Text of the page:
FORT WAYNE, Ind. (WANE) — On Monday, Healthier Moms & Babies released its 2023 Allen County Infant Mortality Report and highlighted some of the key takeaways from the report.

Healthier Moms & Babies is a local nonprofit that aims to promote the health and safety of moms and babies by reducing infant mortality rates and improving the outcome of pregnancies.

The report showed Allen County had an infant mortality rate of 6.9 for every 1,000 births.

The figure represented an increase from Indiana’s infant mortality rate of 6.6 and the national rate of 5.4.

Another notable statistic from the report showed the infant mortality rate of black Allen County residents is 15.2 percent, more than double the county’s average.

Through a survey discussed in the report, Healthier Moms & Babies highlighted four key issues the organization said inhibits positive growth in infant mortality rates in Allen County:

Parents Struggling with Mental Health: The report indicated many parents struggle with anxiety or depression.

Neglecting Regular Healthcare: According to the survey, many women in the survey reported not getting routine check-ups during pregnancy.

Misunderstanding Best Practices: The report said survey respondents mentioned a lack of communication with their doctors regarding behaviors and practices to support healthy pregnancies.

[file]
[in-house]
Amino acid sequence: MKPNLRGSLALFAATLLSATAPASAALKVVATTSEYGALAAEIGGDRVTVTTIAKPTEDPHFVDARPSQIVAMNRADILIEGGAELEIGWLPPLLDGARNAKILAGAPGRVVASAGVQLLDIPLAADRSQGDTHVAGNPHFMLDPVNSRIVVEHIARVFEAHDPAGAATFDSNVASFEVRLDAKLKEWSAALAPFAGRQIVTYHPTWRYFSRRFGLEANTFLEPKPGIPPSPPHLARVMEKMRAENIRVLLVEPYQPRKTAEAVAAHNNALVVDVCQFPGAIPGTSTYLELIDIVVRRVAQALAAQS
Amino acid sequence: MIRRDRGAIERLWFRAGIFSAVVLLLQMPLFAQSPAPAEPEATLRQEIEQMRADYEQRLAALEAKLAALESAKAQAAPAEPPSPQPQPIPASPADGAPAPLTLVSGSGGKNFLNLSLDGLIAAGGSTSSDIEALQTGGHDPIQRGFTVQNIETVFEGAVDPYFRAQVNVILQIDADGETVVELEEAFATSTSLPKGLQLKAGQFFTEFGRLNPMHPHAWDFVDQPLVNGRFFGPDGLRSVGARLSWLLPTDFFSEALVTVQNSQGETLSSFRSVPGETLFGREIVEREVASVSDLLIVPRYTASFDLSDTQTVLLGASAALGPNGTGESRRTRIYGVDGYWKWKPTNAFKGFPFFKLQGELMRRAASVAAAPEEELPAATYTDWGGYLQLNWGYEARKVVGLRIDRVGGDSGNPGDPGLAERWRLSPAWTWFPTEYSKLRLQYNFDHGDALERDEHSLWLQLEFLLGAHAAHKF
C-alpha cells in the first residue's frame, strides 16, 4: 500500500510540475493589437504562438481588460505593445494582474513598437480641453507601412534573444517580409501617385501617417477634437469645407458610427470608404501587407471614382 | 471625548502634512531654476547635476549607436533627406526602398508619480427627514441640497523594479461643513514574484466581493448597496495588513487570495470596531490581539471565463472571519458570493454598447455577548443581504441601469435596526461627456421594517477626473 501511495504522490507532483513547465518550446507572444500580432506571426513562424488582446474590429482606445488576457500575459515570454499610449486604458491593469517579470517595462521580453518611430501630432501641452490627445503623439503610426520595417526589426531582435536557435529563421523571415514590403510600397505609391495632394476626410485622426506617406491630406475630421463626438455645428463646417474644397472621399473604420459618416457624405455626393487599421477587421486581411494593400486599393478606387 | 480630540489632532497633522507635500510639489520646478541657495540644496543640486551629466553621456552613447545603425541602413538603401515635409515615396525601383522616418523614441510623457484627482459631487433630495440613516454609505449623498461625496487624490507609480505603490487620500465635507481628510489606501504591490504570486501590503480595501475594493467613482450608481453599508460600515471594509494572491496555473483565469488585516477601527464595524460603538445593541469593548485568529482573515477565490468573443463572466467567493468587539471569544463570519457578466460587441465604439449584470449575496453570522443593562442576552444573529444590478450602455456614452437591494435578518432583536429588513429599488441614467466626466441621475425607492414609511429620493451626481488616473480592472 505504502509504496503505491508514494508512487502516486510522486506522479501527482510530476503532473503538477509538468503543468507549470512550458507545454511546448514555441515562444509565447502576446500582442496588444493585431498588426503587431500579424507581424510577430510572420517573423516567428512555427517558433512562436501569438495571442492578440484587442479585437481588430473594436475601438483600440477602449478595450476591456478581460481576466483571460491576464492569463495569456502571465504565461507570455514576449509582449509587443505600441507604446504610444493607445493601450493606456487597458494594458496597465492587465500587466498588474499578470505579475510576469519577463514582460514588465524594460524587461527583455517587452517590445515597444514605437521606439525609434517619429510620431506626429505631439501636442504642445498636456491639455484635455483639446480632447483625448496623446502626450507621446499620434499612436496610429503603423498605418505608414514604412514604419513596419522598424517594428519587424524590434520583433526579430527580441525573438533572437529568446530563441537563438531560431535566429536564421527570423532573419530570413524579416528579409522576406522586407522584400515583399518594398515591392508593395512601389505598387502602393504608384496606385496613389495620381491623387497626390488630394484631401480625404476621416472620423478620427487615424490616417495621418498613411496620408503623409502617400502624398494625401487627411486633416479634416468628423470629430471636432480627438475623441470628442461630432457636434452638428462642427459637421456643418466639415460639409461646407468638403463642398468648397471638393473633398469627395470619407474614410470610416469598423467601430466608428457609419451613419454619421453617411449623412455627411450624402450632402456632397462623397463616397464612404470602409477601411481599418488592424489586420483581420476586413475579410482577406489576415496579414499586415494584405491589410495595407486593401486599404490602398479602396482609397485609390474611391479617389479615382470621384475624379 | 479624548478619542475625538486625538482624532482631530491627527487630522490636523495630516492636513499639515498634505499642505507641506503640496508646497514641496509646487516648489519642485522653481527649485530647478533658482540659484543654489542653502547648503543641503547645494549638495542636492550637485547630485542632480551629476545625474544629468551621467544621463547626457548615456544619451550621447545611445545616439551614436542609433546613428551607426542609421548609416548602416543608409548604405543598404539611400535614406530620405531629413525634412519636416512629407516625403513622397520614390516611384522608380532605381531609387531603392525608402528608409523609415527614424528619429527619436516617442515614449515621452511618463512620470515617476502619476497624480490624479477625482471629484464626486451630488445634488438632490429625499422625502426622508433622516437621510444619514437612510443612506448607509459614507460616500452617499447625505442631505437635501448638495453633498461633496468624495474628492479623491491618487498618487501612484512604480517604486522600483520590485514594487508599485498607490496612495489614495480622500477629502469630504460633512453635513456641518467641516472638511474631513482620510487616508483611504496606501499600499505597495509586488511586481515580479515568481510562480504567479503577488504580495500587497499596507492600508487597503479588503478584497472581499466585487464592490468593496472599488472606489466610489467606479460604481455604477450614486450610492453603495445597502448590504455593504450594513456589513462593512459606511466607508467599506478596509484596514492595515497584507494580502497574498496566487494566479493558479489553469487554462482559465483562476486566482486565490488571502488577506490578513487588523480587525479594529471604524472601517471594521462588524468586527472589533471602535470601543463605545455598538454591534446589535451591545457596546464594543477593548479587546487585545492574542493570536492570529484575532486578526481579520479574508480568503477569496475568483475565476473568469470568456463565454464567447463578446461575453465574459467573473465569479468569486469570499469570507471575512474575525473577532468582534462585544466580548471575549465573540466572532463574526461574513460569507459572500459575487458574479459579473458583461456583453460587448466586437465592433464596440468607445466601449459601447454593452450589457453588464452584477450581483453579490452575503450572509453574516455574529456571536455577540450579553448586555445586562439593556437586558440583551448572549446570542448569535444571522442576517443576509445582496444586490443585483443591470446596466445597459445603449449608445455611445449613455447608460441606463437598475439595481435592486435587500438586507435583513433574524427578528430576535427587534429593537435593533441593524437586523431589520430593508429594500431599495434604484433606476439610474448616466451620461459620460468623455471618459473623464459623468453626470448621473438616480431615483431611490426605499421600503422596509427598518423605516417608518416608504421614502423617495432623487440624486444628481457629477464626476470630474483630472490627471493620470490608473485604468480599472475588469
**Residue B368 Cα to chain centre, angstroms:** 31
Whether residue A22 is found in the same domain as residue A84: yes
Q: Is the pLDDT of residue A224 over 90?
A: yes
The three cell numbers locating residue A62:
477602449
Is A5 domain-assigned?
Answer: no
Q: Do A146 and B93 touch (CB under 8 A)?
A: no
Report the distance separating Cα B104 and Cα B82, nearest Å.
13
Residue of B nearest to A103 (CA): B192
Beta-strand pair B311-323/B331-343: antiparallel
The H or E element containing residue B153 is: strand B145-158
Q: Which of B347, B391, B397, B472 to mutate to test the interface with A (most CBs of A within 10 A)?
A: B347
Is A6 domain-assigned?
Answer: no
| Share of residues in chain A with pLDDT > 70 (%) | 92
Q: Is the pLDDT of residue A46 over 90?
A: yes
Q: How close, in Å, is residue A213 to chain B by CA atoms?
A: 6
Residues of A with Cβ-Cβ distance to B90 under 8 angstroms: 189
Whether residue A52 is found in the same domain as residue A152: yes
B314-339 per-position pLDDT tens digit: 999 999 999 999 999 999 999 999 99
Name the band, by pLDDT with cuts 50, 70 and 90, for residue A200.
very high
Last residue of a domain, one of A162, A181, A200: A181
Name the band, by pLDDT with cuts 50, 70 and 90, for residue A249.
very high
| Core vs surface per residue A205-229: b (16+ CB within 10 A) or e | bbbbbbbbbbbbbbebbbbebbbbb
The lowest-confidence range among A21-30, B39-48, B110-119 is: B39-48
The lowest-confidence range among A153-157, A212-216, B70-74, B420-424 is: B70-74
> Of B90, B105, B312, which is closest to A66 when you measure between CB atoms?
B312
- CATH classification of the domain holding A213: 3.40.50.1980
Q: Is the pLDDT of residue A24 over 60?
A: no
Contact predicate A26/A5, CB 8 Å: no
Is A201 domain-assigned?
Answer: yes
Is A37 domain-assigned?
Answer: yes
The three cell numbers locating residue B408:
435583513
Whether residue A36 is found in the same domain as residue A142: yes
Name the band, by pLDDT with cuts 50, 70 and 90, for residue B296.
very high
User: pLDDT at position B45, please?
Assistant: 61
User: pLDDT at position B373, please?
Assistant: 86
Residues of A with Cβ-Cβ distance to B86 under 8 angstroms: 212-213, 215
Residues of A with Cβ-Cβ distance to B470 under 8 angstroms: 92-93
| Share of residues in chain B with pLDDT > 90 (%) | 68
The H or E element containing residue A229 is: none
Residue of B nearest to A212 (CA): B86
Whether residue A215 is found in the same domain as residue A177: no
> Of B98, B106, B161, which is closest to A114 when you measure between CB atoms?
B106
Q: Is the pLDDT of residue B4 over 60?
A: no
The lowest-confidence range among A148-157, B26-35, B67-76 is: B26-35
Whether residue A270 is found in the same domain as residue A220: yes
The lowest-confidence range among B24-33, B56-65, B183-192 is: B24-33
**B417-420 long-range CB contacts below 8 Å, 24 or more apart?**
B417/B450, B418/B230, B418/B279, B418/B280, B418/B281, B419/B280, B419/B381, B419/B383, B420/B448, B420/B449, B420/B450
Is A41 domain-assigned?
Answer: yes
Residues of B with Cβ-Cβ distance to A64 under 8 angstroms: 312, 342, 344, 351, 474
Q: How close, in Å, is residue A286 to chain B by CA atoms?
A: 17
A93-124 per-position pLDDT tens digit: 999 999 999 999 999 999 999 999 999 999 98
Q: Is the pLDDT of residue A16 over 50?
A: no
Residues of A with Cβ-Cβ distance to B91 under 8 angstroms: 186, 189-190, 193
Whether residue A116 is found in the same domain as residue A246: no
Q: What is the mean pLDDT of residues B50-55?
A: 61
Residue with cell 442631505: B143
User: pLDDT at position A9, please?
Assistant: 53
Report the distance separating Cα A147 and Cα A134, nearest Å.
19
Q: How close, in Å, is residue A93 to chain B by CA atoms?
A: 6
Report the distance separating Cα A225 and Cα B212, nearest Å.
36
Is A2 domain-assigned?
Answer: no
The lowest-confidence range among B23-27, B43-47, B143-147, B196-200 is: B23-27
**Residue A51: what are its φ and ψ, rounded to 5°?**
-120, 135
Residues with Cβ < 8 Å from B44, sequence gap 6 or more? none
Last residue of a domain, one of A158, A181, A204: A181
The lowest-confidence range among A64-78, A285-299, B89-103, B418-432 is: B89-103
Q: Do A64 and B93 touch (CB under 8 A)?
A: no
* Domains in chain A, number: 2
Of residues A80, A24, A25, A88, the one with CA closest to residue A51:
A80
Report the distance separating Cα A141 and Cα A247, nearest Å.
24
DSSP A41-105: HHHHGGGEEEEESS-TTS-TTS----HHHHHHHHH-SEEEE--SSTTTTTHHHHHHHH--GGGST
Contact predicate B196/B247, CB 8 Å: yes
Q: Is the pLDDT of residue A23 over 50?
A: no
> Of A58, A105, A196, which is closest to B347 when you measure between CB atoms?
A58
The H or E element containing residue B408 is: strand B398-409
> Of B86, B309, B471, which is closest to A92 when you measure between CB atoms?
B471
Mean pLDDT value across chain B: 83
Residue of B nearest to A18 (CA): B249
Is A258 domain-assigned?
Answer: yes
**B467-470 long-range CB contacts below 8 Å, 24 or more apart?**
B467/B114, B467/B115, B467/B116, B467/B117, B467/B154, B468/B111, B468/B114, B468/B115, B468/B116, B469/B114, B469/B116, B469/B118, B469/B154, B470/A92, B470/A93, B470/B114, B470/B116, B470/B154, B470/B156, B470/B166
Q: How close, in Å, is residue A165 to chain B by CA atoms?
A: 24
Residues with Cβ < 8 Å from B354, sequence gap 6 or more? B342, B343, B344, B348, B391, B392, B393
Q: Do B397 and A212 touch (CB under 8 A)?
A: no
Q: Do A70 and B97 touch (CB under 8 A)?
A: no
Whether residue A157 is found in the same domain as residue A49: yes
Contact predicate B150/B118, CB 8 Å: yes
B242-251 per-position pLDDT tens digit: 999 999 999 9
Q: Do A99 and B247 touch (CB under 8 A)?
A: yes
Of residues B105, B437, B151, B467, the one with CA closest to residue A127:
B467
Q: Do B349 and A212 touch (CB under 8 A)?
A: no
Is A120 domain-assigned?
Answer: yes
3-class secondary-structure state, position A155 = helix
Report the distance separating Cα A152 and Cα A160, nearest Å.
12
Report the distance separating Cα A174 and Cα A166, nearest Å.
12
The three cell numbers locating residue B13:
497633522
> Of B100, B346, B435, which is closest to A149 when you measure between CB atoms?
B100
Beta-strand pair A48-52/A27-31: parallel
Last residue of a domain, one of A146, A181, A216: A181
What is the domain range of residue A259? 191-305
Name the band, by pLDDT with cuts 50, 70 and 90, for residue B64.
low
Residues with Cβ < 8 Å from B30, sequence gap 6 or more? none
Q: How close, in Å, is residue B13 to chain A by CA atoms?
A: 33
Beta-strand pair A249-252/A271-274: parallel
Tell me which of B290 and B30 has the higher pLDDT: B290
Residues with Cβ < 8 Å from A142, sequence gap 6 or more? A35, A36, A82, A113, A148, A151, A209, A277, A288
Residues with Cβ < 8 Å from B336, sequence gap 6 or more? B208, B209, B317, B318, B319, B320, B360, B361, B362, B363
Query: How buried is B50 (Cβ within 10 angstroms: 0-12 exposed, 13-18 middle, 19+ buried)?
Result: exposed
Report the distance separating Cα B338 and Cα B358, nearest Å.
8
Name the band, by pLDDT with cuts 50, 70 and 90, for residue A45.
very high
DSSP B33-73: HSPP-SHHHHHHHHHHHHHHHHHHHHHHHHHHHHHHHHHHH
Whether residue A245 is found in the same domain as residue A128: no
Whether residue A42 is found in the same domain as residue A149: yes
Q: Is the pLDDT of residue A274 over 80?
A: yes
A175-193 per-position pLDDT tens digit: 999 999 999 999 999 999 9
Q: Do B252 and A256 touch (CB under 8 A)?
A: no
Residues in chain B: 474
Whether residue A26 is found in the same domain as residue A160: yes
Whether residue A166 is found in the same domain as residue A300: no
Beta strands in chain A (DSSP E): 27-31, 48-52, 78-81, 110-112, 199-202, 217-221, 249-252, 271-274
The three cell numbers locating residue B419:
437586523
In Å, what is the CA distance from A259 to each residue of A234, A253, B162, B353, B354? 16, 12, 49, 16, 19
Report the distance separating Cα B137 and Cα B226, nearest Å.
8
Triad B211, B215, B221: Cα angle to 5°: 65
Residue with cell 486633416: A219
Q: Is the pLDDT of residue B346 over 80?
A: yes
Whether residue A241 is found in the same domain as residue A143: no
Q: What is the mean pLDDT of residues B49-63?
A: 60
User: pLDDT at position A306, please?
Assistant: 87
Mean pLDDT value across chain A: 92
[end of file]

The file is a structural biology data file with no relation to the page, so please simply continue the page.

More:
Encountering Economic Struggles: Responses from the survey indicated many of the respondents struggle with financial security, which can affect a family’s wellness.

Paige Wilkins, executive director of Healthier Moms & Babies, said although seeing these statistics is unfortunate, hearing about the success stories is what motivates her to continue her work.

“Our jobs can be kind of depressing when you hear all these infant mortality rates, but then when I see and hear stories about our families who are having positive birth outcomes, and I see every year the difference that we’re making, that’s what drives me and keeps me going,” Wilkins said.

The report used statistics from numerous sources, including a 2020 report from the Centers for Disease Control and Prevention and data from the Indiana Department of Health.